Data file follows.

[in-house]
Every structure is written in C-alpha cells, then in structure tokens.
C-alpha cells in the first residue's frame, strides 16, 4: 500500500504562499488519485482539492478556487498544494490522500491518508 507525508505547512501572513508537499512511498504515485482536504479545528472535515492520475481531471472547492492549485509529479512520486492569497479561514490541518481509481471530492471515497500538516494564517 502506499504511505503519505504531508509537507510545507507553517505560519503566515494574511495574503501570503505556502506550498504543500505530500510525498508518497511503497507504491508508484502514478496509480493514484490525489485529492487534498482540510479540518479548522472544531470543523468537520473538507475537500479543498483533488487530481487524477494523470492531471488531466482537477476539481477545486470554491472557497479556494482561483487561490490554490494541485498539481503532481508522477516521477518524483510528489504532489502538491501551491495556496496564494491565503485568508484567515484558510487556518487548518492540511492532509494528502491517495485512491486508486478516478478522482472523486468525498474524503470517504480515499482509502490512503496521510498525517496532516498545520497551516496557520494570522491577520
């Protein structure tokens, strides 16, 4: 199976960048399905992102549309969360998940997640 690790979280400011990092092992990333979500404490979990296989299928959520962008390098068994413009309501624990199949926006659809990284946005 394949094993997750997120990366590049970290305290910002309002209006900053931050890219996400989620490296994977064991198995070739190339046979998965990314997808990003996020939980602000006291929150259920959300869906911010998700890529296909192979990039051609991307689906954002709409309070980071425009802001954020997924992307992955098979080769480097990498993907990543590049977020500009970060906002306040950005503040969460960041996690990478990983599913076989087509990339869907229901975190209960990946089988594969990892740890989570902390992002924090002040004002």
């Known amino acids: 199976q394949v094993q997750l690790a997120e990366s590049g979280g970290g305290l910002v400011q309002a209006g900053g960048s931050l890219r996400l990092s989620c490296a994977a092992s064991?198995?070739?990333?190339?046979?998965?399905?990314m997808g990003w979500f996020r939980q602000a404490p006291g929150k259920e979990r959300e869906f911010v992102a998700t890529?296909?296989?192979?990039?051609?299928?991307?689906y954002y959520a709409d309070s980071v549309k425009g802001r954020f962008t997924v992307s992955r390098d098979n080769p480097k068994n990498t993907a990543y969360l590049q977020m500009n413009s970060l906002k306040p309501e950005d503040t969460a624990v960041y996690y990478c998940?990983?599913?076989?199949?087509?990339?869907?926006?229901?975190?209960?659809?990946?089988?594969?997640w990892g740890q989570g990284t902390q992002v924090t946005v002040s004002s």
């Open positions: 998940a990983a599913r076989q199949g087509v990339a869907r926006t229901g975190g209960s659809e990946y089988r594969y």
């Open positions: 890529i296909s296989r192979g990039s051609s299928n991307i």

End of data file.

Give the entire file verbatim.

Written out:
[in-house]
Every structure is written in C-alpha cells, then in structure tokens.
C-alpha cells in the first residue's frame, strides 16, 4: 500500500504562499488519485482539492478556487498544494490522500491518508 507525508505547512501572513508537499512511498504515485482536504479545528472535515492520475481531471472547492492549485509529479512520486492569497479561514490541518481509481471530492471515497500538516494564517 502506499504511505503519505504531508509537507510545507507553517505560519503566515494574511495574503501570503505556502506550498504543500505530500510525498508518497511503497507504491508508484502514478496509480493514484490525489485529492487534498482540510479540518479548522472544531470543523468537520473538507475537500479543498483533488487530481487524477494523470492531471488531466482537477476539481477545486470554491472557497479556494482561483487561490490554490494541485498539481503532481508522477516521477518524483510528489504532489502538491501551491495556496496564494491565503485568508484567515484558510487556518487548518492540511492532509494528502491517495485512491486508486478516478478522482472523486468525498474524503470517504480515499482509502490512503496521510498525517496532516498545520497551516496557520494570522491577520
């Protein structure tokens, strides 16, 4: 199976960048399905992102549309969360998940997640 690790979280400011990092092992990333979500404490979990296989299928959520962008390098068994413009309501624990199949926006659809990284946005 394949094993997750997120990366590049970290305290910002309002209006900053931050890219996400989620490296994977064991198995070739190339046979998965990314997808990003996020939980602000006291929150259920959300869906911010998700890529296909192979990039051609991307689906954002709409309070980071425009802001954020997924992307992955098979080769480097990498993907990543590049977020500009970060906002306040950005503040969460960041996690990478990983599913076989087509990339869907229901975190209960990946089988594969990892740890989570902390992002924090002040004002």
């Known amino acids: 199976q394949v094993q997750l690790a997120e990366s590049g979280g970290g305290l910002v400011q309002a209006g900053g960048s931050l890219r996400l990092s989620c490296a994977a092992s064991?198995?070739?990333?190339?046979?998965?399905?990314m997808g990003w979500f996020r939980q602000a404490p006291g929150k259920e979990r959300e869906f911010v992102a998700t890529?296909?296989?192979?990039?051609?299928?991307?689906y954002y959520a709409d309070s980071v549309k425009g802001r954020f962008t997924v992307s992955r390098d098979n080769p480097k068994n990498t993907a990543y969360l590049q977020m500009n413009s970060l906002k306040p309501e950005d503040t969460a624990v960041y996690y990478c998940?990983?599913?076989?199949?087509?990339?869907?926006?229901?975190?209960?659809?990946?089988?594969?997640w990892g740890q989570g990284t902390q992002v924090t946005v002040s004002s």
């Open positions: 998940a990983a599913r076989q199949g087509v990339a869907r926006t229901g975190g209960s659809e990946y089988r594969y």
């Open positions: 890529i296909s296989r192979g990039s051609s299928n991307i």